This year’s Berkshire Hathaway annual meeting, also known as the Woodstock of Capitalism, is on Saturday, May 6th. Lazer Grant will be hosting a small group in our boardroom for the live webcast of the meeting. The webcast will go live at 9 a.m. Yahoo, the webcaster, will interview directors, managers, stockholders and celebrities before the meeting and during the lunch break. The question-and-answer period, the highlight of the meeting, will start at 9:30 and run until 3:30, with a one-hour lunch break at noon. We will be providing a box lunch.
Amongst the many gems from past meetings are:
- “Price is what you pay. Value is what you get.”
- “A very rich person should leave his kids enough to do anything, but not enough to do nothing.”
- “It’s far better to buy a wonderful company at a fair price than a fair company at a wonderful price.”
- “Somebody once said that in looking for people to hire, you look for three qualities: integrity, intelligence and energy. And if you don’t have the first, the other two will kill you. You think about it: it’s true. If you hire somebody without [integrity], you really want them to be dumb and lazy.”
Craig McIntosh, a friend, client and attendee of many Berkshire Hathaway annual meetings, will be our master of ceremonies. He is passionate about Berkshire Hathaway, prudent investing and good business principles. He will assist in ensuring all the nuggets of wisdom dispensed by Warren Buffet and his partner Charlie Munger are captured.
Read more about the Berkshire Hathaway annual meeting on the next page.
If you would like to attend the meeting in our office, please email Cynthia Borges at email@example.com. She will respond with a confirmation. Seating is very limited; we will allocate space on a first-come/first-serve basis.
Berkshire Hathaway annual meeting – format:
Warren Buffet and partner Charlie Munger respond to questions. In the words of Warren,
We will have the same three financial journalists lead the question-and-answer period at the meeting, asking Charlie and me questions that shareholders have submitted to them by e-mail. The journalists and their e-mail addresses are: Carol Loomis, the preeminent business journalist of her time, who may be e-mailed at firstname.lastname@example.org; Becky Quick of CNBC, at BerkshireQuestions@cnbc.com; and Andrew Ross Sorkin of the New York Times, at email@example.com.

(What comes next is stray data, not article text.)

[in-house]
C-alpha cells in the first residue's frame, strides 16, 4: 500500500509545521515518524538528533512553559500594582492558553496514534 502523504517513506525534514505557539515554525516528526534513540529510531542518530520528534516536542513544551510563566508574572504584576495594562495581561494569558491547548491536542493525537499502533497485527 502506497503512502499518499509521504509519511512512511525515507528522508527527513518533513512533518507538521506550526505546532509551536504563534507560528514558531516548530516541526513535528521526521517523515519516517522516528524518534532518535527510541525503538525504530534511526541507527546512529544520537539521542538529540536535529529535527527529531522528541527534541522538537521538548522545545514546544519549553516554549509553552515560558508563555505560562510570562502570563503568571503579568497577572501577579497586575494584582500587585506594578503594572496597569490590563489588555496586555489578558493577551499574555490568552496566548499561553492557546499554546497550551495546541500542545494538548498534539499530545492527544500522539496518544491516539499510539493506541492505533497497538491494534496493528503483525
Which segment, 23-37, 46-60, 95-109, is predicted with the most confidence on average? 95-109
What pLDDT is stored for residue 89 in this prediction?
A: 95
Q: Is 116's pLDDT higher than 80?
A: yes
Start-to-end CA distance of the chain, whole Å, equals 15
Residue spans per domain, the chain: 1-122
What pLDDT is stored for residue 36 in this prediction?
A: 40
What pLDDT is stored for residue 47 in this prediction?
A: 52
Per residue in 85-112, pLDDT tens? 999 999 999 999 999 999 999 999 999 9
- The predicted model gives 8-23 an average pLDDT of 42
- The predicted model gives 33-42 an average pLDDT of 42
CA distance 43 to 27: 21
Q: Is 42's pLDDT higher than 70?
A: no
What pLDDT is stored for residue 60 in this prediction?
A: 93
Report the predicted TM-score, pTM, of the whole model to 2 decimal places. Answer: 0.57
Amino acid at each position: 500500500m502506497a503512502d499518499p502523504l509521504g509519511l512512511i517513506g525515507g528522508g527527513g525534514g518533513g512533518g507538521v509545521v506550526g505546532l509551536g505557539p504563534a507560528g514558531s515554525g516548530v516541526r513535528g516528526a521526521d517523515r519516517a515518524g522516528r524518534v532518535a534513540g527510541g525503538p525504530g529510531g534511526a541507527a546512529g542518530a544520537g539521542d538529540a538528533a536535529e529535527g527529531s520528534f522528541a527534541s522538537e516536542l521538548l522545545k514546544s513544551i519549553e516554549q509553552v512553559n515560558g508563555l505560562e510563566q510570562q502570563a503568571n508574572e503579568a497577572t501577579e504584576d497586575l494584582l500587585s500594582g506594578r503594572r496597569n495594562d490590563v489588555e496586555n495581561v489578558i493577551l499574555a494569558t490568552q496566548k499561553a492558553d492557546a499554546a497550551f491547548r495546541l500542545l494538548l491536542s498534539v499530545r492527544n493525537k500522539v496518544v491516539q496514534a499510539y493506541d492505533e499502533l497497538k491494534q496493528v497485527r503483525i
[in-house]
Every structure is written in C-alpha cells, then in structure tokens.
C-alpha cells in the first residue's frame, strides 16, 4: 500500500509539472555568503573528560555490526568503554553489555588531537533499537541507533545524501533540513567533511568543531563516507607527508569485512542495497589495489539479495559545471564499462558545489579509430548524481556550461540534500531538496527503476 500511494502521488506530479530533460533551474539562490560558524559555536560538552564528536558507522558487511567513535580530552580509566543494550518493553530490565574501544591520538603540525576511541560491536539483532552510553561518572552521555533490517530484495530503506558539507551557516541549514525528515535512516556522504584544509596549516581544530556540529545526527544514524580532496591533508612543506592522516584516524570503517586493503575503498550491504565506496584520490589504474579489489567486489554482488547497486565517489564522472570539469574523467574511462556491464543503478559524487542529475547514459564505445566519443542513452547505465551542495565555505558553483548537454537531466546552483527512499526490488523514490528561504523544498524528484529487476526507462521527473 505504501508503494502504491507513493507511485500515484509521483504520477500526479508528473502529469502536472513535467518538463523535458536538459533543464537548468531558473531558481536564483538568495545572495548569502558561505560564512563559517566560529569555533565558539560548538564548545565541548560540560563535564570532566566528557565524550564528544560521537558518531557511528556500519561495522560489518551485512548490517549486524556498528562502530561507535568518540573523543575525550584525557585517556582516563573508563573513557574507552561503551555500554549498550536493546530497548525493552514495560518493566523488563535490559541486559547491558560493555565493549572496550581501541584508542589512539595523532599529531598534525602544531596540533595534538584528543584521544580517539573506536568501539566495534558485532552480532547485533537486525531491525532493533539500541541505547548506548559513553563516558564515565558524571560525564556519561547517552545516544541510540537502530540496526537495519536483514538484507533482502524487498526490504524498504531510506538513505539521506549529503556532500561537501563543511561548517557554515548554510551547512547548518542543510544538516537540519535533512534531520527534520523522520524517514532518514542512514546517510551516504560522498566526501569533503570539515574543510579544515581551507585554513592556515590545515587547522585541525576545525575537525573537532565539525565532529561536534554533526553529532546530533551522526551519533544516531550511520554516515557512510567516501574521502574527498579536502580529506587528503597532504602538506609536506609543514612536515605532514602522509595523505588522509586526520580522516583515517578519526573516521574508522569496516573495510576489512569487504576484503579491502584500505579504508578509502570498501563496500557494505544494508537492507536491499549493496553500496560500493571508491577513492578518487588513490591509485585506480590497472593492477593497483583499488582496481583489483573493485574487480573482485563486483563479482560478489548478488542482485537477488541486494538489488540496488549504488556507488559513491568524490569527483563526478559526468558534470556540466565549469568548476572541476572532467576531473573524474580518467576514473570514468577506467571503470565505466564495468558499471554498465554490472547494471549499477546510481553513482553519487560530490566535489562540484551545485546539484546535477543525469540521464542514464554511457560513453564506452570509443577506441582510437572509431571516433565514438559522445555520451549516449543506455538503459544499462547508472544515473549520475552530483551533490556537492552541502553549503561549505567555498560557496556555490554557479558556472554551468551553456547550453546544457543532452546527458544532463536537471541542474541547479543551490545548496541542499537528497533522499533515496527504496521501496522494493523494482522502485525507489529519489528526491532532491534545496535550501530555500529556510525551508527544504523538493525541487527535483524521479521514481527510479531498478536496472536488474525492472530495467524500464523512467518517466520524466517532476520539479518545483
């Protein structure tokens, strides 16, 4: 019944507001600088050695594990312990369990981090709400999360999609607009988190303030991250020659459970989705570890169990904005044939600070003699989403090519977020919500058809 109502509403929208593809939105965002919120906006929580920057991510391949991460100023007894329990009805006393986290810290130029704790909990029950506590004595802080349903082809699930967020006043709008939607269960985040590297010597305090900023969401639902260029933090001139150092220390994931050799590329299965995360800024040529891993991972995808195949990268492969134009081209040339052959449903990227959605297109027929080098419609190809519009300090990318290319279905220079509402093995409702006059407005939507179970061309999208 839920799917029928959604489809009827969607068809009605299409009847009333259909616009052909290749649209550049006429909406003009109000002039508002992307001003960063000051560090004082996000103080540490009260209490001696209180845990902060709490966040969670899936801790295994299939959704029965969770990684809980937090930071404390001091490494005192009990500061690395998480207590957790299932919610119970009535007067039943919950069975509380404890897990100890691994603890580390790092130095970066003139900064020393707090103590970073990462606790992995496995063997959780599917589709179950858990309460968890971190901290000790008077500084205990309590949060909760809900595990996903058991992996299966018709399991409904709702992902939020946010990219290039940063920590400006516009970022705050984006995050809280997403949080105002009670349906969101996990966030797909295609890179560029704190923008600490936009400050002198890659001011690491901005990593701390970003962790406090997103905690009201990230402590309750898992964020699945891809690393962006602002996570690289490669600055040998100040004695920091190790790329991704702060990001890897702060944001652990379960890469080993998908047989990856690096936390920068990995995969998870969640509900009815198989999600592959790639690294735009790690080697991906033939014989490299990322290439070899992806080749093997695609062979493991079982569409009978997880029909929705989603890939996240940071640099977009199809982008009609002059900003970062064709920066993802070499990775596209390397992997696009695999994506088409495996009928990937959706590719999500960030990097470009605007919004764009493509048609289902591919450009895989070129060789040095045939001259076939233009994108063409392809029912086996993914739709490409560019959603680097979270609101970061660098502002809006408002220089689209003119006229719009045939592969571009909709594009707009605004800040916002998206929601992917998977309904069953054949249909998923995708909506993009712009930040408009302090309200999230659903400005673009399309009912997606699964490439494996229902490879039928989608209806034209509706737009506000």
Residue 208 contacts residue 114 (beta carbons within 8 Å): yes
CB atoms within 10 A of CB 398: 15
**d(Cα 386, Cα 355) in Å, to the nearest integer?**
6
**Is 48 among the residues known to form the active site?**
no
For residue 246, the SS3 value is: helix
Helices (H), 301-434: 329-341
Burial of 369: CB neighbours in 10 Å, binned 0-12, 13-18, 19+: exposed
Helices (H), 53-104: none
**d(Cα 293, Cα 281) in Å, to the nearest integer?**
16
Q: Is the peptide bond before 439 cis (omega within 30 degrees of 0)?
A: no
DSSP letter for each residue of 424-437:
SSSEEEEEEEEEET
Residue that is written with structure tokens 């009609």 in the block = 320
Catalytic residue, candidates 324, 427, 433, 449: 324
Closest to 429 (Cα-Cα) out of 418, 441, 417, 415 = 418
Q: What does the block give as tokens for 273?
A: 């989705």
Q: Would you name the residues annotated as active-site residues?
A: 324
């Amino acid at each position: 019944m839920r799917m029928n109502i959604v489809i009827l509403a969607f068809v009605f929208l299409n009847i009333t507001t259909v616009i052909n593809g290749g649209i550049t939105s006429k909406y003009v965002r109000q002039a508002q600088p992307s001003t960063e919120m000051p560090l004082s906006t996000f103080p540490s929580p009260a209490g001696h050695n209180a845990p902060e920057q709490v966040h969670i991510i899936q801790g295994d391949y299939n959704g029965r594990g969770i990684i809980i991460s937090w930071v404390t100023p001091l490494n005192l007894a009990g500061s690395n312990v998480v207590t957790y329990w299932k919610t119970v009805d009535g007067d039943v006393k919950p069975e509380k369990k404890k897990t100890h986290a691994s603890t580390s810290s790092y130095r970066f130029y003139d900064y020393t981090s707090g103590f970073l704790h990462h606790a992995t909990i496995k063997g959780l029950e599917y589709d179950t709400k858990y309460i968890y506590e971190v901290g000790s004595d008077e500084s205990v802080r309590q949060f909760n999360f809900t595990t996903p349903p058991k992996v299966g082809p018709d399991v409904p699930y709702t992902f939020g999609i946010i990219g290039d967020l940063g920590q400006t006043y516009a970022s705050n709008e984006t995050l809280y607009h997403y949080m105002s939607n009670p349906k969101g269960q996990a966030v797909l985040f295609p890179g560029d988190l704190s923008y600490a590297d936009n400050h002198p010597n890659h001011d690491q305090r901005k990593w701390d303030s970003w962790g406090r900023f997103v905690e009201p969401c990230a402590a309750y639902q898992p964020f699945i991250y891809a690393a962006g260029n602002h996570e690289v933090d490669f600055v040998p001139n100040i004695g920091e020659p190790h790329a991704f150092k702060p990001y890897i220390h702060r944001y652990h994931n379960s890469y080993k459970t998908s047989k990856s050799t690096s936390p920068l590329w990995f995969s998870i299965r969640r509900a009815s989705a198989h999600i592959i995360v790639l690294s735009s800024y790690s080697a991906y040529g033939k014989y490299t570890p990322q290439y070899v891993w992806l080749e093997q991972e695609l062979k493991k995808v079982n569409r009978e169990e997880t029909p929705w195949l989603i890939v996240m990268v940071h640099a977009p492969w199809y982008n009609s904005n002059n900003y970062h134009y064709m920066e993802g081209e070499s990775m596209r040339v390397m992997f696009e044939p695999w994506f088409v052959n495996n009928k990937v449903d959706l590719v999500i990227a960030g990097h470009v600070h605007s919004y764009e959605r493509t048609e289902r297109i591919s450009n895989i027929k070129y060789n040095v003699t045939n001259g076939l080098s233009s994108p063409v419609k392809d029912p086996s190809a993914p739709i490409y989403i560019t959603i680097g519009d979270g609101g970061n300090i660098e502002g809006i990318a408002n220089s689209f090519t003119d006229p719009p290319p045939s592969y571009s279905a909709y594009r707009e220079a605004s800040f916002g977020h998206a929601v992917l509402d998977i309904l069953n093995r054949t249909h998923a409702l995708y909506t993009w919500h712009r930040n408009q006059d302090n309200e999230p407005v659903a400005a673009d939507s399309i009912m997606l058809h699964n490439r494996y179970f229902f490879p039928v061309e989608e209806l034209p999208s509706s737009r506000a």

From the questions submitted, each journalist will choose the six he or she decides are the most interesting and important to shareholders. The journalists have told me your question has the best chance of being selected if you keep it concise, avoid sending it in at the last moment, make it Berkshire-related and include no more than two questions in any e-mail you send them. (In your e-mail, let the journalist know if you would like your name mentioned if your question is asked.)
An accompanying set of questions will be asked by three analysts who follow Berkshire. This year the insurance specialist will be Jay Gelb of Barclays. Questions that deal with our non-insurance operations will come from Jonathan Brandt of Ruane, Cunniff & Goldfarb and Gregg Warren of Morningstar. Since what we will be conducting is a shareholders’ meeting, our hope is that the analysts and journalists will ask questions that add to our owners’ understanding and knowledge of their investment.
Neither Charlie nor I will get so much as a clue about the questions headed our way. Some will be tough, for sure, and that’s the way we like it. Multi-part questions aren’t allowed; we want to give as many questioners as possible a shot at us. Our goal is for you to leave the meeting knowing more about Berkshire than when you came.